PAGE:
61,021 Pages

1960s •1970s • 1980s • 1990s
part of the 21st century
2010s • 2020s • 2030s • 2040s
Scrub away the lists, ladies.

This article contains far too many bulleted lists. These sections should be converted into normal prose.

Talk about it here.

On Earth, the 2000s - or the 00s - was the first decade of the 21st century.

The 2000s brought an increasing number of widely seen alien encounters. This led to widespread knowledge of alien life. Following the public revelation of alien life in the late 2000s suicide rates doubled. (TV: Children of Earth: Day One) In the following decade humanity continued to encounter more aliens and other supernatural events.

Alien incursions on Earth Edit

There were several attempted alien invasions, alien related actions, unspecified events, space time events and individual actions of Earth, into the atmosphere or surface by a multitude of races and species throughout this period.

Attempted alien invasions Edit

Alien-related actions Edit

Space-time events Edit

  • Events of Siberia leading to the creation of multiples alternate universes. Sabbath attempted to create a living black hole, so as to send it to the Event Zero. (PROSE: Time Zero)
  • The Cardiff Rift crisis. (TV: End of Days)

Individuals' actions Edit

Behind the scenes Edit

  • The first half of the decade saw several "false alarms" of new Doctor Who TV and film productions.
  • Meanwhile, BBC Books continued its prolific lines of Doctor Who novels.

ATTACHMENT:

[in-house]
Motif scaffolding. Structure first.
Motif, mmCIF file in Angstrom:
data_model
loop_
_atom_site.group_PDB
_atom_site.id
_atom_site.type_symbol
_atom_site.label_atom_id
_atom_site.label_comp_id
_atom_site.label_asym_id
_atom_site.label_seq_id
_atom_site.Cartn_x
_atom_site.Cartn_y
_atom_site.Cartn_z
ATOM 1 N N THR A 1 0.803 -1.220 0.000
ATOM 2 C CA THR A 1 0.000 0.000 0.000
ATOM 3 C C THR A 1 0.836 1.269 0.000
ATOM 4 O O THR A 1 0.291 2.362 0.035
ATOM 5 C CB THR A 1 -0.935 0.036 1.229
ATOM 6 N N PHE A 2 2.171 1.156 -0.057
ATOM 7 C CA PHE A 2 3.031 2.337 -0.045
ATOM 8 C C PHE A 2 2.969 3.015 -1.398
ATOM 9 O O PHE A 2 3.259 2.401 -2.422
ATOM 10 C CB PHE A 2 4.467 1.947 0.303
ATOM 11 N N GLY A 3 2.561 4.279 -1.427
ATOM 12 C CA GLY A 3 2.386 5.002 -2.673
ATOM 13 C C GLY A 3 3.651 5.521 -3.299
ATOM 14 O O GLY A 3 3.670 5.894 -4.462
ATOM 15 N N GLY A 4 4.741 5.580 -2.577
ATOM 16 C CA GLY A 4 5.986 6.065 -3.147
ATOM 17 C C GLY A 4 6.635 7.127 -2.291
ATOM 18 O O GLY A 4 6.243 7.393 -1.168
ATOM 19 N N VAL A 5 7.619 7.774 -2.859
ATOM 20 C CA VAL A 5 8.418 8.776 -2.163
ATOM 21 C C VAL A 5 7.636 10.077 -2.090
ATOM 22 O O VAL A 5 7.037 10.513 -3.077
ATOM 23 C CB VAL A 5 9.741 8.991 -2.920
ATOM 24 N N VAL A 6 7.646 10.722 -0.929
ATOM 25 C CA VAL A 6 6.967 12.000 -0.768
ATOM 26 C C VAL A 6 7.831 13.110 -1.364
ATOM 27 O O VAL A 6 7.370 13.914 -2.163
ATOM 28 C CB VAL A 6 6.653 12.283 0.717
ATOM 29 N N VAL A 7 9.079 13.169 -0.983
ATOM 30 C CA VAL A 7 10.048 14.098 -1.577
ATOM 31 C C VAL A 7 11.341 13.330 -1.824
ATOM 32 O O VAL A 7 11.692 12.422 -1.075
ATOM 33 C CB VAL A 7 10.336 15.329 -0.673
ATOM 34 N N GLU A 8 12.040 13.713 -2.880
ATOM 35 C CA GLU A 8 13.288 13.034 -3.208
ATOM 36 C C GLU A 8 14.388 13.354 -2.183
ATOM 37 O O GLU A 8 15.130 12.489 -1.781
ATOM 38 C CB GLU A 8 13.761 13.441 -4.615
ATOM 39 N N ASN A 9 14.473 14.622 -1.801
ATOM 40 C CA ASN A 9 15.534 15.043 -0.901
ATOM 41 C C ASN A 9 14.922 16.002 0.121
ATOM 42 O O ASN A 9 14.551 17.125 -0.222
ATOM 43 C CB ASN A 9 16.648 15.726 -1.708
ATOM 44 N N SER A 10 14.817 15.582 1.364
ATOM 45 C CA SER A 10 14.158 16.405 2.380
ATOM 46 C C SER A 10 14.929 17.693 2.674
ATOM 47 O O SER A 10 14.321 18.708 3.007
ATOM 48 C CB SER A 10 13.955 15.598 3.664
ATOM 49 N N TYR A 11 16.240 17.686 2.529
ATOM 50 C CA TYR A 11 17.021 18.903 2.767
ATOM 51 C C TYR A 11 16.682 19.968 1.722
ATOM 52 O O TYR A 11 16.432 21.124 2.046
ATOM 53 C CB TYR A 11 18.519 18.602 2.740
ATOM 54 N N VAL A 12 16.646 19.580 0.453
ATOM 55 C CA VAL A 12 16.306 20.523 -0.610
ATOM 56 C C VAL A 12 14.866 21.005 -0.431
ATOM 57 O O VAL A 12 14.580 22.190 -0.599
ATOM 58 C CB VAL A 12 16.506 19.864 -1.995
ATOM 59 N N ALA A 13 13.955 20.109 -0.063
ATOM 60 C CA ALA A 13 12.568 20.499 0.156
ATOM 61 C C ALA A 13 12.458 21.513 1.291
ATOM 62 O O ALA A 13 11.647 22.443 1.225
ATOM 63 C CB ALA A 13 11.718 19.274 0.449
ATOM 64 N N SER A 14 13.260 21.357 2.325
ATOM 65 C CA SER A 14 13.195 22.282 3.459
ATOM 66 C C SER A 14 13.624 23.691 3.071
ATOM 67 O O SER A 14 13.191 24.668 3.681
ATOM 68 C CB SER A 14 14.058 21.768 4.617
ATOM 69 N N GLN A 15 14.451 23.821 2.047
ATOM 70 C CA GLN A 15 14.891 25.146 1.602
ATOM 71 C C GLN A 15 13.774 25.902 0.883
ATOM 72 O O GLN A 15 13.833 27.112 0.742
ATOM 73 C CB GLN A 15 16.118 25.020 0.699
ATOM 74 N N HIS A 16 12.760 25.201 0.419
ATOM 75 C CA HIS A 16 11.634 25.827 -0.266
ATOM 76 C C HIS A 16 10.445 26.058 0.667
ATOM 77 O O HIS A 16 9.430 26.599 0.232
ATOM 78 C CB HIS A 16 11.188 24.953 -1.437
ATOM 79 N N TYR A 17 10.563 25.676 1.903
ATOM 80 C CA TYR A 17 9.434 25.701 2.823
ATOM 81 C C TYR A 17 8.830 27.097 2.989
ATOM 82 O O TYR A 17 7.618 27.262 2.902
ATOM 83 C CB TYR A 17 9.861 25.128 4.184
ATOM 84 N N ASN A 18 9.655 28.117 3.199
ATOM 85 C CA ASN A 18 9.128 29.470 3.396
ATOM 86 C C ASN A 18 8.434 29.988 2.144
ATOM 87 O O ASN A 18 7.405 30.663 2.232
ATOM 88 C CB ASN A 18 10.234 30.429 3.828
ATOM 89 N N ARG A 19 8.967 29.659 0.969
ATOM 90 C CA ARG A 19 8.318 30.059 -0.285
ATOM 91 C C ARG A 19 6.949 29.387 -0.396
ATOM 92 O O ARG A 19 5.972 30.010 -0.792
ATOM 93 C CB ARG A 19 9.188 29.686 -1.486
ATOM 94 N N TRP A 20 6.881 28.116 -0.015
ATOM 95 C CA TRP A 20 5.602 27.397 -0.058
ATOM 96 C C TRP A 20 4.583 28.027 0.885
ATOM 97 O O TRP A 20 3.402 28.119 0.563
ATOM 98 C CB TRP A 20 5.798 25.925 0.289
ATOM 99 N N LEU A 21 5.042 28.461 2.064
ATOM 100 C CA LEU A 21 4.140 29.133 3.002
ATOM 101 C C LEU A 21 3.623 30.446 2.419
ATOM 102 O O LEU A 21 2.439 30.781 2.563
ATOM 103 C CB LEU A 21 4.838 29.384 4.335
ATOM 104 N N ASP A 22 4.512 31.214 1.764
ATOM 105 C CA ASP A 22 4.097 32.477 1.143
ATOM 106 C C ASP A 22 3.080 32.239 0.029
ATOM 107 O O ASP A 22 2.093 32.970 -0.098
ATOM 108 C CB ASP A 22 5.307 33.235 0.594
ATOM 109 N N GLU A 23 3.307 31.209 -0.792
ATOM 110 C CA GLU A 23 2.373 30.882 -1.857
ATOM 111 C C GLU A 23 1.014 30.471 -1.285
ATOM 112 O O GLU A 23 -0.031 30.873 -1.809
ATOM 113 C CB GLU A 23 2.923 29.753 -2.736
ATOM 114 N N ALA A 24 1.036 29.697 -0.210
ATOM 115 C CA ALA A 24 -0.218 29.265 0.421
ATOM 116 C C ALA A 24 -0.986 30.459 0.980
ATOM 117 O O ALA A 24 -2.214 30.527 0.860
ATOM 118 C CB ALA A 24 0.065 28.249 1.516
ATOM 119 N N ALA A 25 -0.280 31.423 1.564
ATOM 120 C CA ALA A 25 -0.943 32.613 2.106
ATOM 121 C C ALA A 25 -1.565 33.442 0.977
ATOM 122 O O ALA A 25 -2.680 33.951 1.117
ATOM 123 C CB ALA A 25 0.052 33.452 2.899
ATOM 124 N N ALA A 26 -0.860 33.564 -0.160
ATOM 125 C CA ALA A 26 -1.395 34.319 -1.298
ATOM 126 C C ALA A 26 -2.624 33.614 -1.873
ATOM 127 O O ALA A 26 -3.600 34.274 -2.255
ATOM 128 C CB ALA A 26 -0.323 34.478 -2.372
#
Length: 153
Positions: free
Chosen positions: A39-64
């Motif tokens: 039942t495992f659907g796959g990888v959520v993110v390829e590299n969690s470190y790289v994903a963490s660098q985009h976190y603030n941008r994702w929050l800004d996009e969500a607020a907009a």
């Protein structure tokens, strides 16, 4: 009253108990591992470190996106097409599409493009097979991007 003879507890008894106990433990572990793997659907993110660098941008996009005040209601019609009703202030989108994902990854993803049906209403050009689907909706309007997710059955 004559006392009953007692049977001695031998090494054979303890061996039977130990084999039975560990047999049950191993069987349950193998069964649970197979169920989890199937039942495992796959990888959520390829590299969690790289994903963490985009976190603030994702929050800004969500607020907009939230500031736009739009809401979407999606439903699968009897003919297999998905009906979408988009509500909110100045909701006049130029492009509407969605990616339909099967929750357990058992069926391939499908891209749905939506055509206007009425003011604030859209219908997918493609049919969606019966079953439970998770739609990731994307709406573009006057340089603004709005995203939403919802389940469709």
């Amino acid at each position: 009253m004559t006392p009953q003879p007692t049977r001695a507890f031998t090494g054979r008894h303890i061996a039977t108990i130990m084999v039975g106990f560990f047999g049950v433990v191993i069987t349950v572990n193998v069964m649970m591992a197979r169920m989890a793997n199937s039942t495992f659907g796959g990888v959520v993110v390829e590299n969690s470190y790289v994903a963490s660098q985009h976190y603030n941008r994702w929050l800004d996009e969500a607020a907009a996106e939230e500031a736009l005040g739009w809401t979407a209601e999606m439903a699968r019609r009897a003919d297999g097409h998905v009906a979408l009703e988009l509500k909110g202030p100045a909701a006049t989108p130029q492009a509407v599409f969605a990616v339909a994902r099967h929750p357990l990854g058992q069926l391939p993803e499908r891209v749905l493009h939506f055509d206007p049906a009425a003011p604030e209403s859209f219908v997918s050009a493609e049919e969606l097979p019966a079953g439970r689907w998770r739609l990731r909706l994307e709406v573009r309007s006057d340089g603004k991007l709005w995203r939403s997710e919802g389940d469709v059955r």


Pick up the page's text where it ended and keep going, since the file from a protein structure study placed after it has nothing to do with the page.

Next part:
• Telos Publishing obtained the licence to produce original novellas based upon Doctor Who.
  • Bernice Summerfield, no longer the star of her own Virgin Publishing novels, was featured in numerous novels, short stories and audio dramas produced by Big Finish.
  • The BBC experiments with new media, producing several Doctor Who webcasts consisting of original stories featuring original series cast members. In 2003, a webcast entitled Scream of the Shalka introduces Richard E Grant as the voice of the Ninth Doctor.
  • In late 2003, BBC Wales announces that it will be producing a new live-action Doctor Who series, with Christopher Eccleston as the Ninth Doctor (the Richard Grant version of the character is abandoned). The series debuts in the spring of 2005 and almost instantly reinstates Doctor Who as a national institution.
  • BBC Books discontinues its line of Eighth Doctor and Past Doctor novels in favour of a new line of hardcover fiction featuring the Ninth (and later the Tenth) Doctor.
  • Big Finish Productions obtained the licence to publish the Short Trips book series.
  • After one season, Eccleston leaves Doctor Who and David Tennant is introduced as the Tenth Doctor.
  • Two spin-off series are launched: Torchwood and The Sarah Jane Adventures.
  • In 2008, Tennant announces his departure from Doctor Who. Matt Smith, a largely unknown actor is cast as the Eleventh Doctor at the age of 26; he later debuts in 2010.
  • After four extremely successful seasons under the watch of Russell T Davies, Doctor Who goes on partial hiatus for 2009, producing a number of specials in lieu of a full season. This is to allow Davies to hand over production duties to Steven Moffat, and also pave the way for Tennant's departure.

Ad blocker interference detected!

Wikia is a free-to-use site that makes money from advertising. We have a modified experience for viewers using ad blockers

Wikia is not accessible if you’ve made further modifications. Remove the custom ad blocker rule(s) and the page will load as expected.